Lindsay Clarke




Lindsay Clarke (born 1939, Halifax, West Yorkshire) is a British novelist. He was educated at Heath Grammar School in Halifax and at King's College Cambridge. He worked in education for many years, in Africa, America and the UK, before becoming a full-time writer. Clarke lectures in creative writing at Cardiff University, is a Creative Consultant to The Pushkin Trust in Northern Ireland, and teaches writing workshops in Frome and London. Four radio plays were broadcast by BBC Radio 4, and a number of his articles and reviews have been published in Resurgence and The London Magazine. Lindsay has one daughter from his first marriage. In 2014 he was awarded a Civil List Pension "in recognition of services to literature."
His novel The Chymical Wedding, partly inspired by the life of Mary Anne Atwood, won the Whitbread Prize in 1989. Clarke's most recent novel is The Water Theatre (published in September 2010 by Alma Booka), of which a review by Antonia Senior in The Times of 28 August said "There is nothing small about this book. It is huge in scope, in energy, in heart...It is difficult to remember a recent book that is at once so beautiful and yet so thought provoking." The Water Theatre was selected as a winner of the inaugural Fiction Uncovered competition in 2011 and was included among The Times's Books of the Year. In 2012 The Water Theatre was chosen as the inaugural e-book publication of The New York Review of Books under their NYRB Lit imprint.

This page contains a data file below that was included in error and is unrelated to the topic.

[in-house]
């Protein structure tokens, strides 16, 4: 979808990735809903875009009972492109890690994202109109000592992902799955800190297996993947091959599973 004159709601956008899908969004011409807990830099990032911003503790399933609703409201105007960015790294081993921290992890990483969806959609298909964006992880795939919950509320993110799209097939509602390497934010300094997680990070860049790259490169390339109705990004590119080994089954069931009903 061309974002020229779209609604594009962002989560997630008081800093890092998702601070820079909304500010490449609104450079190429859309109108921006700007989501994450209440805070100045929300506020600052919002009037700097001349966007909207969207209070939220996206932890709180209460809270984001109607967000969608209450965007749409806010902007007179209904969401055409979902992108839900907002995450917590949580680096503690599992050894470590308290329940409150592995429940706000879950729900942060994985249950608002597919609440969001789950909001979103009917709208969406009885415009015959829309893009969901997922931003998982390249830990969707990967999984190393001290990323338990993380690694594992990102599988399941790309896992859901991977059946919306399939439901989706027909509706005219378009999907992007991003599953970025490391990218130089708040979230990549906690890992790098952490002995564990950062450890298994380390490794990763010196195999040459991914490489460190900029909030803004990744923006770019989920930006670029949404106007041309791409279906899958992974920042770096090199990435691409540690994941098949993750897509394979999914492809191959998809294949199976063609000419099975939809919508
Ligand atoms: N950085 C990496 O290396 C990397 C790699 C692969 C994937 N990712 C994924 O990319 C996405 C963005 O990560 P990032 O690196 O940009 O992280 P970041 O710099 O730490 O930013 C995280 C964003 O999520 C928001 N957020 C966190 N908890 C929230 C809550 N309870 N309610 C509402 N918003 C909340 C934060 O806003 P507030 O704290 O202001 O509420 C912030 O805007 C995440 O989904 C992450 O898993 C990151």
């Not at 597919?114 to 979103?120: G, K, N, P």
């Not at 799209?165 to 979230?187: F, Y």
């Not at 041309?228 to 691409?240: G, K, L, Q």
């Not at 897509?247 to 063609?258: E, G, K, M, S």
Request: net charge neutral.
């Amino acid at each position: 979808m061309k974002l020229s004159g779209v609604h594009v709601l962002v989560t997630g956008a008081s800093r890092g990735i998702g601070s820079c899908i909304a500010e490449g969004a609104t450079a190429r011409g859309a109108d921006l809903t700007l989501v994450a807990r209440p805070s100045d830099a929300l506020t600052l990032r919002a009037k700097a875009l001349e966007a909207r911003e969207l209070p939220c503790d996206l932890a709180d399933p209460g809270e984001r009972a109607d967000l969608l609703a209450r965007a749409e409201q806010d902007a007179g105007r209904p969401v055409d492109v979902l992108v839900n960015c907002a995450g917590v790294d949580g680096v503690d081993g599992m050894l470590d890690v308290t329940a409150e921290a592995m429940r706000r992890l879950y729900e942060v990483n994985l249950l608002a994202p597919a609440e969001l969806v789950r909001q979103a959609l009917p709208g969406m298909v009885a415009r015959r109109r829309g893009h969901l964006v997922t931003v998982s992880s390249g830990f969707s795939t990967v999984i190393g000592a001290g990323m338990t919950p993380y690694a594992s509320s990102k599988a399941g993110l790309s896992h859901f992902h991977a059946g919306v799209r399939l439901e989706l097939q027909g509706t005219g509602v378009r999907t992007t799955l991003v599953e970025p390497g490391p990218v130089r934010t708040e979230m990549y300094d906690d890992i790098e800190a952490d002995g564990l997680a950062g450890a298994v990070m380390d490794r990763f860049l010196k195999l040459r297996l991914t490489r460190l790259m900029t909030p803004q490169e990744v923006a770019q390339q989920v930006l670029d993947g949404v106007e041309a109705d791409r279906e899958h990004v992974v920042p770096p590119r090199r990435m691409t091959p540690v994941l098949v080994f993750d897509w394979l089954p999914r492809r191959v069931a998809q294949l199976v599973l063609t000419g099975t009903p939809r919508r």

The best books of all time by Lindsay Clarke

  1. 2611 . The Chymical Wedding by Lindsay Clarke

    The Chymical Wedding is a 1989 novel by Lindsay Clarke about the intertwined lives of six people in two different eras. The book includes themes of alchemy, the occult, fate, passion, and obsession.